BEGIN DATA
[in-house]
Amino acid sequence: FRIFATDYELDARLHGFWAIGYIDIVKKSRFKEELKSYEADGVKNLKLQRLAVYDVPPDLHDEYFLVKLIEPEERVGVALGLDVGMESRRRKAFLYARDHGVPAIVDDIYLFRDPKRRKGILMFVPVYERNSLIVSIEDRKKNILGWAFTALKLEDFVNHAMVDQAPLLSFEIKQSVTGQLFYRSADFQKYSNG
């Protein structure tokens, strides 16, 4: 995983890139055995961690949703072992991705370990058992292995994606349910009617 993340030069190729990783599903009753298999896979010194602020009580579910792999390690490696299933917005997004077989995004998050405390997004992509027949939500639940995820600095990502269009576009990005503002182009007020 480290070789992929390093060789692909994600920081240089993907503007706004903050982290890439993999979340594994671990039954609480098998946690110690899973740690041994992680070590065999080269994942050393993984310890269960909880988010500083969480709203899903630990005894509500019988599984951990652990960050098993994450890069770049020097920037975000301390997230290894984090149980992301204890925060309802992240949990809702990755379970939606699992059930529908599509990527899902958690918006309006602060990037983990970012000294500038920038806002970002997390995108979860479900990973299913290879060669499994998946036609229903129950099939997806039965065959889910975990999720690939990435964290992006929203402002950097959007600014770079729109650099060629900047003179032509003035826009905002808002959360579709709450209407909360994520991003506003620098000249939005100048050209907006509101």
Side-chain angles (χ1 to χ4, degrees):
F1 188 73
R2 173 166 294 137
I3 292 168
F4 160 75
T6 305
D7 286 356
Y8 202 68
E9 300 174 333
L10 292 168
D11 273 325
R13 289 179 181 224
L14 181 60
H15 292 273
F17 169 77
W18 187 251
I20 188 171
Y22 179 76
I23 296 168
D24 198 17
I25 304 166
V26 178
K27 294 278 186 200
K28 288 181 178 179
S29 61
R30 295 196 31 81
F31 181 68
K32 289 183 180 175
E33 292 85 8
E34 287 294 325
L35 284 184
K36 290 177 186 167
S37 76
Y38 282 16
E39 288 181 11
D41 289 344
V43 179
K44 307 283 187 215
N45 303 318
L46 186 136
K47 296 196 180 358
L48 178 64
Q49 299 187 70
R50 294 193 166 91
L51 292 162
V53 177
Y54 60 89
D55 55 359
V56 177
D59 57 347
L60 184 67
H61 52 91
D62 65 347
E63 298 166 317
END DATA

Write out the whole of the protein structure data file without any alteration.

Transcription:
[in-house]
Amino acid sequence: FRIFATDYELDARLHGFWAIGYIDIVKKSRFKEELKSYEADGVKNLKLQRLAVYDVPPDLHDEYFLVKLIEPEERVGVALGLDVGMESRRRKAFLYARDHGVPAIVDDIYLFRDPKRRKGILMFVPVYERNSLIVSIEDRKKNILGWAFTALKLEDFVNHAMVDQAPLLSFEIKQSVTGQLFYRSADFQKYSNG
């Protein structure tokens, strides 16, 4: 995983890139055995961690949703072992991705370990058992292995994606349910009617 993340030069190729990783599903009753298999896979010194602020009580579910792999390690490696299933917005997004077989995004998050405390997004992509027949939500639940995820600095990502269009576009990005503002182009007020 480290070789992929390093060789692909994600920081240089993907503007706004903050982290890439993999979340594994671990039954609480098998946690110690899973740690041994992680070590065999080269994942050393993984310890269960909880988010500083969480709203899903630990005894509500019988599984951990652990960050098993994450890069770049020097920037975000301390997230290894984090149980992301204890925060309802992240949990809702990755379970939606699992059930529908599509990527899902958690918006309006602060990037983990970012000294500038920038806002970002997390995108979860479900990973299913290879060669499994998946036609229903129950099939997806039965065959889910975990999720690939990435964290992006929203402002950097959007600014770079729109650099060629900047003179032509003035826009905002808002959360579709709450209407909360994520991003506003620098000249939005100048050209907006509101």
Side-chain angles (χ1 to χ4, degrees):
F1 188 73
R2 173 166 294 137
I3 292 168
F4 160 75
T6 305
D7 286 356
Y8 202 68
E9 300 174 333
L10 292 168
D11 273 325
R13 289 179 181 224
L14 181 60
H15 292 273
F17 169 77
W18 187 251
I20 188 171
Y22 179 76
I23 296 168
D24 198 17
I25 304 166
V26 178
K27 294 278 186 200
K28 288 181 178 179
S29 61
R30 295 196 31 81
F31 181 68
K32 289 183 180 175
E33 292 85 8
E34 287 294 325
L35 284 184
K36 290 177 186 167
S37 76
Y38 282 16
E39 288 181 11
D41 289 344
V43 179
K44 307 283 187 215
N45 303 318
L46 186 136
K47 296 196 180 358
L48 178 64
Q49 299 187 70
R50 294 193 166 91
L51 292 162
V53 177
Y54 60 89
D55 55 359
V56 177
D59 57 347
L60 184 67
H61 52 91
D62 65 347
E63 298 166 317